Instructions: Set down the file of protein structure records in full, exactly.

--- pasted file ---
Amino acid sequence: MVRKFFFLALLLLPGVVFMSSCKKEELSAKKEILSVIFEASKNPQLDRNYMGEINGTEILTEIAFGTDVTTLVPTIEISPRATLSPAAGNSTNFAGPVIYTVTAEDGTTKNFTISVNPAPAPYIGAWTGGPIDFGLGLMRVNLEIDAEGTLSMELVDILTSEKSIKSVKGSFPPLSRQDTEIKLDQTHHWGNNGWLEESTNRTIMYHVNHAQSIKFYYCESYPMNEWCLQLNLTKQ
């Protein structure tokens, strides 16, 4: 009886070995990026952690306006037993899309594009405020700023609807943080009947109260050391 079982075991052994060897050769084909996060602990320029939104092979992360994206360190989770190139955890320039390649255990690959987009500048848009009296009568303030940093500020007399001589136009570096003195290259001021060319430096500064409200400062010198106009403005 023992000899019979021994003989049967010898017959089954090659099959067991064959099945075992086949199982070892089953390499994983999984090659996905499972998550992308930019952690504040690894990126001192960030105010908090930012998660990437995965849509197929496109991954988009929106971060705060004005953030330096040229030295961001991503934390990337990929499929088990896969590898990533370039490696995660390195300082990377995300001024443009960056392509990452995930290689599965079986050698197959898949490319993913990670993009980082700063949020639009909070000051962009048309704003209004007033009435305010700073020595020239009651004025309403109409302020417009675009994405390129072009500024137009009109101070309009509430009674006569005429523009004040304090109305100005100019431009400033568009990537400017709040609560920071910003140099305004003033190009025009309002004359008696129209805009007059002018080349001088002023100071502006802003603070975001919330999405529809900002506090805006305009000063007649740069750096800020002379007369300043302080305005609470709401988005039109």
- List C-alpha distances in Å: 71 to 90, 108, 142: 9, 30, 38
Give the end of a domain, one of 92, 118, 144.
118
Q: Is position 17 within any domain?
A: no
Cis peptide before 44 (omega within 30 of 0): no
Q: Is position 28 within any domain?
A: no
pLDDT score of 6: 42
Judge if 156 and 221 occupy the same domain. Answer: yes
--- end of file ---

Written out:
Amino acid sequence: MVRKFFFLALLLLPGVVFMSSCKKEELSAKKEILSVIFEASKNPQLDRNYMGEINGTEILTEIAFGTDVTTLVPTIEISPRATLSPAAGNSTNFAGPVIYTVTAEDGTTKNFTISVNPAPAPYIGAWTGGPIDFGLGLMRVNLEIDAEGTLSMELVDILTSEKSIKSVKGSFPPLSRQDTEIKLDQTHHWGNNGWLEESTNRTIMYHVNHAQSIKFYYCESYPMNEWCLQLNLTKQ
């Protein structure tokens, strides 16, 4: 009886070995990026952690306006037993899309594009405020700023609807943080009947109260050391 079982075991052994060897050769084909996060602990320029939104092979992360994206360190989770190139955890320039390649255990690959987009500048848009009296009568303030940093500020007399001589136009570096003195290259001021060319430096500064409200400062010198106009403005 023992000899019979021994003989049967010898017959089954090659099959067991064959099945075992086949199982070892089953390499994983999984090659996905499972998550992308930019952690504040690894990126001192960030105010908090930012998660990437995965849509197929496109991954988009929106971060705060004005953030330096040229030295961001991503934390990337990929499929088990896969590898990533370039490696995660390195300082990377995300001024443009960056392509990452995930290689599965079986050698197959898949490319993913990670993009980082700063949020639009909070000051962009048309704003209004007033009435305010700073020595020239009651004025309403109409302020417009675009994405390129072009500024137009009109101070309009509430009674006569005429523009004040304090109305100005100019431009400033568009990537400017709040609560920071910003140099305004003033190009025009309002004359008696129209805009007059002018080349001088002023100071502006802003603070975001919330999405529809900002506090805006305009000063007649740069750096800020002379007369300043302080305005609470709401988005039109």
- List C-alpha distances in Å: 71 to 90, 108, 142: 9, 30, 38
Give the end of a domain, one of 92, 118, 144.
118
Q: Is position 17 within any domain?
A: no
Cis peptide before 44 (omega within 30 of 0): no
Q: Is position 28 within any domain?
A: no
pLDDT score of 6: 42
Judge if 156 and 221 occupy the same domain. Answer: yes